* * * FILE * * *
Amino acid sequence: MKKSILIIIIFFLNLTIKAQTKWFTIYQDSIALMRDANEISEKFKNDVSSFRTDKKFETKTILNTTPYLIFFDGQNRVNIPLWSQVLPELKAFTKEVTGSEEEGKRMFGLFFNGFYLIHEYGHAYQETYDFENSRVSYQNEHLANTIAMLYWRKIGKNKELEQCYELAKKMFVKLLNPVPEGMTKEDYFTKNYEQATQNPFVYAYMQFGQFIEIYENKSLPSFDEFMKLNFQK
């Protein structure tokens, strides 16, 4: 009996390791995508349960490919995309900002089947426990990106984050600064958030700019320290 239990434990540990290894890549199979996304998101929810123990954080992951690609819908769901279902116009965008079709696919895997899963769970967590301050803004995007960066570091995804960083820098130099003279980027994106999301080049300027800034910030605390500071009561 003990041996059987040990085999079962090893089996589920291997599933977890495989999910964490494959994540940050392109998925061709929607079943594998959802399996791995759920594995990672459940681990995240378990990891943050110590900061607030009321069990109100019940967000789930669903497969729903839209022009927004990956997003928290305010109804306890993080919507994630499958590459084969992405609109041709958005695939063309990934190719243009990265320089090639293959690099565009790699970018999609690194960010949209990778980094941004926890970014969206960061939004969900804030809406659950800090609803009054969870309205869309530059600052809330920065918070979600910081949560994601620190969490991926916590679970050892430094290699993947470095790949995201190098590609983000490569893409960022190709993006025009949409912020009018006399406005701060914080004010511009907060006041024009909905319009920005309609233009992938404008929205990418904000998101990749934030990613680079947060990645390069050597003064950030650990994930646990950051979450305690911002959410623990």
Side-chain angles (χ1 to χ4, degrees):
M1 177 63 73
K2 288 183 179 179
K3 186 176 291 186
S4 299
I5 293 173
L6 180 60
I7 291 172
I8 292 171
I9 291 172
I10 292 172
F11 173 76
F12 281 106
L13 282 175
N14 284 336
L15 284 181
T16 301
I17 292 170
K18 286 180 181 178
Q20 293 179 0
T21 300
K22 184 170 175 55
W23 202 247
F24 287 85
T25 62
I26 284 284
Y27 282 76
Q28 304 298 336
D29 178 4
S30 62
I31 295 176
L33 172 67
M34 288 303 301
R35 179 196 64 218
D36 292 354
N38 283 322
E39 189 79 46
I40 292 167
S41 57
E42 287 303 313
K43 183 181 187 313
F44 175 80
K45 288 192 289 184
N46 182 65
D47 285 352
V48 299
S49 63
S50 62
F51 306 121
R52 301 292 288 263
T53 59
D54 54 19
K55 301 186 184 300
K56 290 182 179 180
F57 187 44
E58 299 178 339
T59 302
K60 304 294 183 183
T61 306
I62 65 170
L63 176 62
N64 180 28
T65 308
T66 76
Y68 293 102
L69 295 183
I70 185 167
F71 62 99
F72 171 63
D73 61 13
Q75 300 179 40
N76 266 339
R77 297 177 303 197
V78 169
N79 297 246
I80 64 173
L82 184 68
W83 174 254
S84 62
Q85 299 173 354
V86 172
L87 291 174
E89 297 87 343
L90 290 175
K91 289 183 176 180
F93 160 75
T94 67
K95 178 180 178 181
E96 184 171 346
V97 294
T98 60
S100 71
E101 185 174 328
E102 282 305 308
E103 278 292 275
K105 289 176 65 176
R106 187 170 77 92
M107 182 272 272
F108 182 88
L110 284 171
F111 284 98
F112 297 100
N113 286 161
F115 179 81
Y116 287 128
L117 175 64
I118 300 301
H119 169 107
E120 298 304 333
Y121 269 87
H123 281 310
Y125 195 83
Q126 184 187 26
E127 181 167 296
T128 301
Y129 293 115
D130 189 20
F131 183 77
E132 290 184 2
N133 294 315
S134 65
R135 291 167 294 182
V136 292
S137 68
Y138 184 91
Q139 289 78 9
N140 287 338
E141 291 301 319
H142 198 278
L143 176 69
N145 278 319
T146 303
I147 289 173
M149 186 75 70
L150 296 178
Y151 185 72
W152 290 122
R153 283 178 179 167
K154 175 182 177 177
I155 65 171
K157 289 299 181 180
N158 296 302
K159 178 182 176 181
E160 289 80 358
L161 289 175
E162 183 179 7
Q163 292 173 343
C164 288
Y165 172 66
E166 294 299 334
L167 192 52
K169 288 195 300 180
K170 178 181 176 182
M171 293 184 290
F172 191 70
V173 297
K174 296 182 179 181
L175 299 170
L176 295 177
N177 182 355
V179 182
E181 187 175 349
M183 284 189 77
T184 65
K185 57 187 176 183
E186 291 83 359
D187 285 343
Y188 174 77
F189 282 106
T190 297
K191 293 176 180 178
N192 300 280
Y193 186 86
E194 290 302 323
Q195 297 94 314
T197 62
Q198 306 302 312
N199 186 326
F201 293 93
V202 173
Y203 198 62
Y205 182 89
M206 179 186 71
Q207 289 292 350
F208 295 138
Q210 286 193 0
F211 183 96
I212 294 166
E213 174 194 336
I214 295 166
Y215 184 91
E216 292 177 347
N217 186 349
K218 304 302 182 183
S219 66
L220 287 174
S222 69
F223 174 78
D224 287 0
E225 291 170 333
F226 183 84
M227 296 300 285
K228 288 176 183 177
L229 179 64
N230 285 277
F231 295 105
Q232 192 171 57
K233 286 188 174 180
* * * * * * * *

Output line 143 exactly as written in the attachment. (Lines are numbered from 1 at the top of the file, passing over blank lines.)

K157 289 299 181 180